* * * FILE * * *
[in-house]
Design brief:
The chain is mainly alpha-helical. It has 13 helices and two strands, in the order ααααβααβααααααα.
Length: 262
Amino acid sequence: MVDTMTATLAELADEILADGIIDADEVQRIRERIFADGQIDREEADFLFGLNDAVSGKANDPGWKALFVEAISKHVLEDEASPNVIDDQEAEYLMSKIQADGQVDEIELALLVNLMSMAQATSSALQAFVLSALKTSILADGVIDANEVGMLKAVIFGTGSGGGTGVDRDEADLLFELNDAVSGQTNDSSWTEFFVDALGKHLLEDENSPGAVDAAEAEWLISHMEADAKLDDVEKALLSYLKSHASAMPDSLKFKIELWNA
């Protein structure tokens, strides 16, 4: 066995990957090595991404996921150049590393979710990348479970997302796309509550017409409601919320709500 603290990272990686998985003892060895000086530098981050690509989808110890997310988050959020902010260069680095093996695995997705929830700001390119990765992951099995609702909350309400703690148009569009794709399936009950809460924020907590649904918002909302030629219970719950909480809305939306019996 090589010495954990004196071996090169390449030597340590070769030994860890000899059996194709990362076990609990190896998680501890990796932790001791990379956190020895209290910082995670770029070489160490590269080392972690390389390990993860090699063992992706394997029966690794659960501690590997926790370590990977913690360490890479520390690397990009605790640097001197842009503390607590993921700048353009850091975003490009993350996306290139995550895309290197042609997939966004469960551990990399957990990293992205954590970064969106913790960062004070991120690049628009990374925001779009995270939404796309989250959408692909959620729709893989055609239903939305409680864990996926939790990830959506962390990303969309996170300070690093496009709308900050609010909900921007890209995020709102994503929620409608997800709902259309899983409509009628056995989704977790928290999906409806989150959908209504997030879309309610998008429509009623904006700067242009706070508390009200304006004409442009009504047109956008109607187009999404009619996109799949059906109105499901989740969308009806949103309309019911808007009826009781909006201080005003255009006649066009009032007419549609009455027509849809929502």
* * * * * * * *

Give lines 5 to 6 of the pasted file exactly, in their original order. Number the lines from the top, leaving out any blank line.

Amino acid sequence: MVDTMTATLAELADEILADGIIDADEVQRIRERIFADGQIDREEADFLFGLNDAVSGKANDPGWKALFVEAISKHVLEDEASPNVIDDQEAEYLMSKIQADGQVDEIELALLVNLMSMAQATSSALQAFVLSALKTSILADGVIDANEVGMLKAVIFGTGSGGGTGVDRDEADLLFELNDAVSGQTNDSSWTEFFVDALGKHLLEDENSPGAVDAAEAEWLISHMEADAKLDDVEKALLSYLKSHASAMPDSLKFKIELWNA
């Protein structure tokens, strides 16, 4: 066995990957090595991404996921150049590393979710990348479970997302796309509550017409409601919320709500 603290990272990686998985003892060895000086530098981050690509989808110890997310988050959020902010260069680095093996695995997705929830700001390119990765992951099995609702909350309400703690148009569009794709399936009950809460924020907590649904918002909302030629219970719950909480809305939306019996 090589010495954990004196071996090169390449030597340590070769030994860890000899059996194709990362076990609990190896998680501890990796932790001791990379956190020895209290910082995670770029070489160490590269080392972690390389390990993860090699063992992706394997029966690794659960501690590997926790370590990977913690360490890479520390690397990009605790640097001197842009503390607590993921700048353009850091975003490009993350996306290139995550895309290197042609997939966004469960551990990399957990990293992205954590970064969106913790960062004070991120690049628009990374925001779009995270939404796309989250959408692909959620729709893989055609239903939305409680864990996926939790990830959506962390990303969309996170300070690093496009709308900050609010909900921007890209995020709102994503929620409608997800709902259309899983409509009628056995989704977790928290999906409806989150959908209504997030879309309610998008429509009623904006700067242009706070508390009200304006004409442009009504047109956008109607187009999404009619996109799949059906109105499901989740969308009806949103309309019911808007009826009781909006201080005003255009006649066009009032007419549609009455027509849809929502």